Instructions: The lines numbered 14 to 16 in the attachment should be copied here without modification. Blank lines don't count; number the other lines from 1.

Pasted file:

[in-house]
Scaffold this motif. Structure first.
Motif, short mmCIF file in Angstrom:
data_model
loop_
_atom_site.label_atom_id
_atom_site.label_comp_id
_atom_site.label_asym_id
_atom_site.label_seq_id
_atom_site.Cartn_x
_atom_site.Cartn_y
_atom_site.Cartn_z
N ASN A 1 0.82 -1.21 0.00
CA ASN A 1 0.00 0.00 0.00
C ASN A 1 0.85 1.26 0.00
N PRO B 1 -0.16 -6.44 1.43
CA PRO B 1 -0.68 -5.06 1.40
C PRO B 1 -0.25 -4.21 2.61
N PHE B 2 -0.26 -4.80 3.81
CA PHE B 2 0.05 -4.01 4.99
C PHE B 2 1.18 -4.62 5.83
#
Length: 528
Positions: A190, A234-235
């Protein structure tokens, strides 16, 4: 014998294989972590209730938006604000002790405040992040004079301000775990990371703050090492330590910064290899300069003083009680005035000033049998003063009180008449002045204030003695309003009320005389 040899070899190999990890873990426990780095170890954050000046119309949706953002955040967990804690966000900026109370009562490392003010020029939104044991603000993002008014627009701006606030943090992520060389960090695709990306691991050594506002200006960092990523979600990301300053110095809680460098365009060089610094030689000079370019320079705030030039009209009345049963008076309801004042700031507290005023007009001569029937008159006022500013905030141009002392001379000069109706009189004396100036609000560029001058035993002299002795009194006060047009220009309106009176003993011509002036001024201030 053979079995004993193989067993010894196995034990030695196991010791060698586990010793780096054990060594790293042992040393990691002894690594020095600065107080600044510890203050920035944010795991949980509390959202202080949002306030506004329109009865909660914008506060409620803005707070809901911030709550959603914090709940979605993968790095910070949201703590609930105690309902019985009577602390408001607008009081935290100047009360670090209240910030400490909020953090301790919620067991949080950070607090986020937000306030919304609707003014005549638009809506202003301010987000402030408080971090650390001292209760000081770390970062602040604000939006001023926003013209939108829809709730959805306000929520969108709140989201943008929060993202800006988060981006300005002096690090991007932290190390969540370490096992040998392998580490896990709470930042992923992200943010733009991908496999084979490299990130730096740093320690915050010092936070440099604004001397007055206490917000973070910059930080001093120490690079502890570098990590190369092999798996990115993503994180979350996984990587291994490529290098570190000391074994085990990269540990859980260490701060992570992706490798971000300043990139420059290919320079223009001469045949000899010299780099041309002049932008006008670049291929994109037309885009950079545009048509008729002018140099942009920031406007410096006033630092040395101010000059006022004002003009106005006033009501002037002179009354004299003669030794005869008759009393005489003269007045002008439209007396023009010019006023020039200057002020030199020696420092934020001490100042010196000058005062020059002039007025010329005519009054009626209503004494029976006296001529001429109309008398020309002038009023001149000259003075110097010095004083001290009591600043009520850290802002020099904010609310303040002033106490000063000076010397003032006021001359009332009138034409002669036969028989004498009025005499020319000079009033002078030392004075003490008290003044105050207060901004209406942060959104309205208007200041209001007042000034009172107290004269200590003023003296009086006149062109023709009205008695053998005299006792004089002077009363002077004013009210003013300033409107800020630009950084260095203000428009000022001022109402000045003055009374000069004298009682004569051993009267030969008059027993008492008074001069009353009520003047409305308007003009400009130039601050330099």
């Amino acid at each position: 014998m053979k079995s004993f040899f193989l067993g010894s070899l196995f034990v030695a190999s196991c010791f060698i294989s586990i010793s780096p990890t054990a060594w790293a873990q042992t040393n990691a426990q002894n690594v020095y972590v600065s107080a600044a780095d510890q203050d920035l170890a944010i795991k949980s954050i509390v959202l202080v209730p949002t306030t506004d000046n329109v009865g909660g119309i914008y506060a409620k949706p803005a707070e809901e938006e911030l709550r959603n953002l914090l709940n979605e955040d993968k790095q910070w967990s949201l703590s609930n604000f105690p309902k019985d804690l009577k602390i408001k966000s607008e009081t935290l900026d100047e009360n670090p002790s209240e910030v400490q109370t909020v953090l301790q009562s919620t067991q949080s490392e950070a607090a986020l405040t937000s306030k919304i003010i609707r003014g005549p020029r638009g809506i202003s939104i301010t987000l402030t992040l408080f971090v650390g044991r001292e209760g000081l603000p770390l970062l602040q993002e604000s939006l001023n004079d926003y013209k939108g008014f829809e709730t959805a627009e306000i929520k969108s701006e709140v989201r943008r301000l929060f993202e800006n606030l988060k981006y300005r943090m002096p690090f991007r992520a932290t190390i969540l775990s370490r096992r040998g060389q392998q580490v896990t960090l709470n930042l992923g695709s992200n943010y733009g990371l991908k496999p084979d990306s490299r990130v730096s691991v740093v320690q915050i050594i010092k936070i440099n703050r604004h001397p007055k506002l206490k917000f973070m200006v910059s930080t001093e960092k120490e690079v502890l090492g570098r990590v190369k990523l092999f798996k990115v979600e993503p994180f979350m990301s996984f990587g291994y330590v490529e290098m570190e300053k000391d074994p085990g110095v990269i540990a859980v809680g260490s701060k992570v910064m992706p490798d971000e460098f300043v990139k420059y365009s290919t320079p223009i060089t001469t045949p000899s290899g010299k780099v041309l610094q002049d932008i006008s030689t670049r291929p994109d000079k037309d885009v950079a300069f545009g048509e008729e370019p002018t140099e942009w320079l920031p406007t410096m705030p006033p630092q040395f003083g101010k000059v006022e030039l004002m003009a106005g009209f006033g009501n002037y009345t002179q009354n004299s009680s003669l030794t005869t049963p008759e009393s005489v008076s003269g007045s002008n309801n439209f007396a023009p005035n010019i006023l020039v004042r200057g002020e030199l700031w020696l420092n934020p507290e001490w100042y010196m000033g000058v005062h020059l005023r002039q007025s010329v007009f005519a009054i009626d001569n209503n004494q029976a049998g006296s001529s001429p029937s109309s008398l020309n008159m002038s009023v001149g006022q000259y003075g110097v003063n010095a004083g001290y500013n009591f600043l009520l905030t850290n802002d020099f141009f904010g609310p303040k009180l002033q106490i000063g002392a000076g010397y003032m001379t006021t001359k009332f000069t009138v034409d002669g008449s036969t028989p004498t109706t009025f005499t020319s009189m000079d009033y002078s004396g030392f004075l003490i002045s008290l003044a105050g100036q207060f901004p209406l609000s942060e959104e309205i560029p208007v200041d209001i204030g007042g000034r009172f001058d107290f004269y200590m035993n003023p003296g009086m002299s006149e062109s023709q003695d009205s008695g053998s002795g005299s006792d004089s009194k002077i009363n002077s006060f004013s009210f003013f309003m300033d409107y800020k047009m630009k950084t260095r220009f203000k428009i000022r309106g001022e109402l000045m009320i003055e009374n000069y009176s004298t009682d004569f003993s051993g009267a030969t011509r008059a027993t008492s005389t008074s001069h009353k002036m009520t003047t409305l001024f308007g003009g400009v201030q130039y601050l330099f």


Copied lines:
CA ASN A 1 0.00 0.00 0.00
C ASN A 1 0.85 1.26 0.00
N PRO B 1 -0.16 -6.44 1.43